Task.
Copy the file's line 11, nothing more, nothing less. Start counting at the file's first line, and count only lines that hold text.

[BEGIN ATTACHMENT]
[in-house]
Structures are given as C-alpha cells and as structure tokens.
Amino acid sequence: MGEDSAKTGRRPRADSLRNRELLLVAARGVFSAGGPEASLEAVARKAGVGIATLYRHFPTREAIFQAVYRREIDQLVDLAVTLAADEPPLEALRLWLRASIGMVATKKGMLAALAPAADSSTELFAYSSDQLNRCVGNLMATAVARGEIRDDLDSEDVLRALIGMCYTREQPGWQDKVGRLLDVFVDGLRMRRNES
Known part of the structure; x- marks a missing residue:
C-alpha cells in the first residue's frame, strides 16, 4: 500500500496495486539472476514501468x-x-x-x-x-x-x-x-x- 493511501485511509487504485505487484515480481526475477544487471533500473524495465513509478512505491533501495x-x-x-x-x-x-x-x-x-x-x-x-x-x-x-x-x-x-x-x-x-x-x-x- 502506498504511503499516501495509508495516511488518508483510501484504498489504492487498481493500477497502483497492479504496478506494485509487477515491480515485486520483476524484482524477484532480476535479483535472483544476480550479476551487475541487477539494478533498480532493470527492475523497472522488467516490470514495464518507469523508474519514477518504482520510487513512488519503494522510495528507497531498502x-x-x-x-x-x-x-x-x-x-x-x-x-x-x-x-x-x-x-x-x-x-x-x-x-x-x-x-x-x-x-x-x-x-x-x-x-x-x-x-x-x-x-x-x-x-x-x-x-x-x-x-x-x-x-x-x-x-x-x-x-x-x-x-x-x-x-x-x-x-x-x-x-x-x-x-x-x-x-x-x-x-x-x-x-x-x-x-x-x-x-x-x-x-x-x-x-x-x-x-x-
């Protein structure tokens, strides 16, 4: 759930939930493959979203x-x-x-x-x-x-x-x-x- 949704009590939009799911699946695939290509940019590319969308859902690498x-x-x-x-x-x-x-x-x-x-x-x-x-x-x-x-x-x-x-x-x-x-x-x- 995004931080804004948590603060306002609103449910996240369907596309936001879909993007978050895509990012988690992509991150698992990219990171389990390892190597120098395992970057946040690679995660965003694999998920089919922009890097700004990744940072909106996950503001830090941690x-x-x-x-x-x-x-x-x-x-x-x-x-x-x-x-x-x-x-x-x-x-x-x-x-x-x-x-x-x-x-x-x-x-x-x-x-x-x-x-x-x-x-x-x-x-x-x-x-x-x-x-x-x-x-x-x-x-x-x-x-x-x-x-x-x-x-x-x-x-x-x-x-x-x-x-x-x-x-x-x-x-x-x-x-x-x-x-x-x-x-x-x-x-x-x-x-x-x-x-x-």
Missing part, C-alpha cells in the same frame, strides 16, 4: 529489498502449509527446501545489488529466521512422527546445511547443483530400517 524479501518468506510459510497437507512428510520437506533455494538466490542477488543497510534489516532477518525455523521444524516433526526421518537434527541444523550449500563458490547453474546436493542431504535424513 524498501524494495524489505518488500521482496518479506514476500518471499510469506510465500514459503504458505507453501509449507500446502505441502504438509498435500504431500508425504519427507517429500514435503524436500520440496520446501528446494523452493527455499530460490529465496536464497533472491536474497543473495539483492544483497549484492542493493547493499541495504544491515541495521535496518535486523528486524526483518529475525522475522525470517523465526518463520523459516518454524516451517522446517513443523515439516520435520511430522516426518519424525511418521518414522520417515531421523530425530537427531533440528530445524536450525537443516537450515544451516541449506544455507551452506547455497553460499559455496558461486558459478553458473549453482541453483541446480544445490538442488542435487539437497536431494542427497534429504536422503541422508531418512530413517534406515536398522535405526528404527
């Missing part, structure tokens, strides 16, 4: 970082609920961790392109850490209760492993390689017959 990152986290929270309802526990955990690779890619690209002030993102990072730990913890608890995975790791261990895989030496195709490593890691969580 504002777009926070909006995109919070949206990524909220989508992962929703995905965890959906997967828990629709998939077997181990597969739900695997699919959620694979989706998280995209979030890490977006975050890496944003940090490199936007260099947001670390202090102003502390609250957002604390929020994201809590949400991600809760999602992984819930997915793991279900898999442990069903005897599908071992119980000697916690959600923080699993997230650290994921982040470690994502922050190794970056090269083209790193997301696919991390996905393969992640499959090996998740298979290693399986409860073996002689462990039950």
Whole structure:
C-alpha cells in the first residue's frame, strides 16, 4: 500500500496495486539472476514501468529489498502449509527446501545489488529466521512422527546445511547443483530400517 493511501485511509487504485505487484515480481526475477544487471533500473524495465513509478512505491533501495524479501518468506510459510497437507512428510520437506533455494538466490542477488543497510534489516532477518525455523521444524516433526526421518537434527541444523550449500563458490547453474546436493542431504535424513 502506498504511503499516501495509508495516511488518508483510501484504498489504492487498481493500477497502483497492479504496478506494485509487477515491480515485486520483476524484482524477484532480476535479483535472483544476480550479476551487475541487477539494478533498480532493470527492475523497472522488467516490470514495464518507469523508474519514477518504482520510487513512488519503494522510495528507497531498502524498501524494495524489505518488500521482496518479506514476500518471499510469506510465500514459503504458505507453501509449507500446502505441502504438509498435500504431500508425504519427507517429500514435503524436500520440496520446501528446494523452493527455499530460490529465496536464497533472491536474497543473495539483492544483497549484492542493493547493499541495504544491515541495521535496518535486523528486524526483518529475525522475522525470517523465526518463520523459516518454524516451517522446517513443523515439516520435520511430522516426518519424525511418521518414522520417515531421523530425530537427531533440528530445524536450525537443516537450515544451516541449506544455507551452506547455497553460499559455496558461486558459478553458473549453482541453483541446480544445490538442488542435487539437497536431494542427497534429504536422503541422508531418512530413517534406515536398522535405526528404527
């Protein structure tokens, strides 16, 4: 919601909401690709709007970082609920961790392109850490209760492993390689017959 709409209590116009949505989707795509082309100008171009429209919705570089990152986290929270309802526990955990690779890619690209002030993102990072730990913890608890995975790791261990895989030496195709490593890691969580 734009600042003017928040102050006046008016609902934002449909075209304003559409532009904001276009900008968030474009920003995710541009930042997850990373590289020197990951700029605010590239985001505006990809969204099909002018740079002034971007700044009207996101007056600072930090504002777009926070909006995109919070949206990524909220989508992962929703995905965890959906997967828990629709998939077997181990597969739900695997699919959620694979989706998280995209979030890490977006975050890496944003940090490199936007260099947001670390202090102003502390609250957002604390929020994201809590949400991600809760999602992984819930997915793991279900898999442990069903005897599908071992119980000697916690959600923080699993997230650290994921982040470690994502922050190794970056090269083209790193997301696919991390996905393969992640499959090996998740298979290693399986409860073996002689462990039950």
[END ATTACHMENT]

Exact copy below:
């Protein structure tokens, strides 16, 4: 919601909401690709709007970082609920961790392109850490209760492993390689017959 709409209590116009949505989707795509082309100008171009429209919705570089990152986290929270309802526990955990690779890619690209002030993102990072730990913890608890995975790791261990895989030496195709490593890691969580 734009600042003017928040102050006046008016609902934002449909075209304003559409532009904001276009900008968030474009920003995710541009930042997850990373590289020197990951700029605010590239985001505006990809969204099909002018740079002034971007700044009207996101007056600072930090504002777009926070909006995109919070949206990524909220989508992962929703995905965890959906997967828990629709998939077997181990597969739900695997699919959620694979989706998280995209979030890490977006975050890496944003940090490199936007260099947001670390202090102003502390609250957002604390929020994201809590949400991600809760999602992984819930997915793991279900898999442990069903005897599908071992119980000697916690959600923080699993997230650290994921982040470690994502922050190794970056090269083209790193997301696919991390996905393969992640499959090996998740298979290693399986409860073996002689462990039950």